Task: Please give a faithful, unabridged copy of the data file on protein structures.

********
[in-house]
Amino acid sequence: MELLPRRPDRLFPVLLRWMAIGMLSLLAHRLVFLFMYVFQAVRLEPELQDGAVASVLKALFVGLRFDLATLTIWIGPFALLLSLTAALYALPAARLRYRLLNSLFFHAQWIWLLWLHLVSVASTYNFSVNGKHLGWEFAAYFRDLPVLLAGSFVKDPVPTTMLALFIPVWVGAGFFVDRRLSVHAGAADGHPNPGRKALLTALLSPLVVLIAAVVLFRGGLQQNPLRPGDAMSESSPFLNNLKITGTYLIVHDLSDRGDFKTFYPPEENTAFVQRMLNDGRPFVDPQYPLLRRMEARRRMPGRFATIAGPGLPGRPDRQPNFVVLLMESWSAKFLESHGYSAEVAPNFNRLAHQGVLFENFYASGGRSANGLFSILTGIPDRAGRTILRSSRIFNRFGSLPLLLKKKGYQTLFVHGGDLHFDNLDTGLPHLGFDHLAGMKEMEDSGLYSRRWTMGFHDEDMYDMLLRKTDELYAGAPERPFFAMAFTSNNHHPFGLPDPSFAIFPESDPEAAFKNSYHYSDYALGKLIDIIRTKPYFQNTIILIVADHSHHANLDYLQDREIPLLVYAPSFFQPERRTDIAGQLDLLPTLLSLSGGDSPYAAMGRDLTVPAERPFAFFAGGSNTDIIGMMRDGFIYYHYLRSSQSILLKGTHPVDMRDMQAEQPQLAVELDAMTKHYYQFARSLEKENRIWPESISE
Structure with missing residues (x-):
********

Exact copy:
[in-house]
Amino acid sequence: MELLPRRPDRLFPVLLRWMAIGMLSLLAHRLVFLFMYVFQAVRLEPELQDGAVASVLKALFVGLRFDLATLTIWIGPFALLLSLTAALYALPAARLRYRLLNSLFFHAQWIWLLWLHLVSVASTYNFSVNGKHLGWEFAAYFRDLPVLLAGSFVKDPVPTTMLALFIPVWVGAGFFVDRRLSVHAGAADGHPNPGRKALLTALLSPLVVLIAAVVLFRGGLQQNPLRPGDAMSESSPFLNNLKITGTYLIVHDLSDRGDFKTFYPPEENTAFVQRMLNDGRPFVDPQYPLLRRMEARRRMPGRFATIAGPGLPGRPDRQPNFVVLLMESWSAKFLESHGYSAEVAPNFNRLAHQGVLFENFYASGGRSANGLFSILTGIPDRAGRTILRSSRIFNRFGSLPLLLKKKGYQTLFVHGGDLHFDNLDTGLPHLGFDHLAGMKEMEDSGLYSRRWTMGFHDEDMYDMLLRKTDELYAGAPERPFFAMAFTSNNHHPFGLPDPSFAIFPESDPEAAFKNSYHYSDYALGKLIDIIRTKPYFQNTIILIVADHSHHANLDYLQDREIPLLVYAPSFFQPERRTDIAGQLDLLPTLLSLSGGDSPYAAMGRDLTVPAERPFAFFAGGSNTDIIGMMRDGFIYYHYLRSSQSILLKGTHPVDMRDMQAEQPQLAVELDAMTKHYYQFARSLEKENRIWPESISE
Structure with missing residues (x-):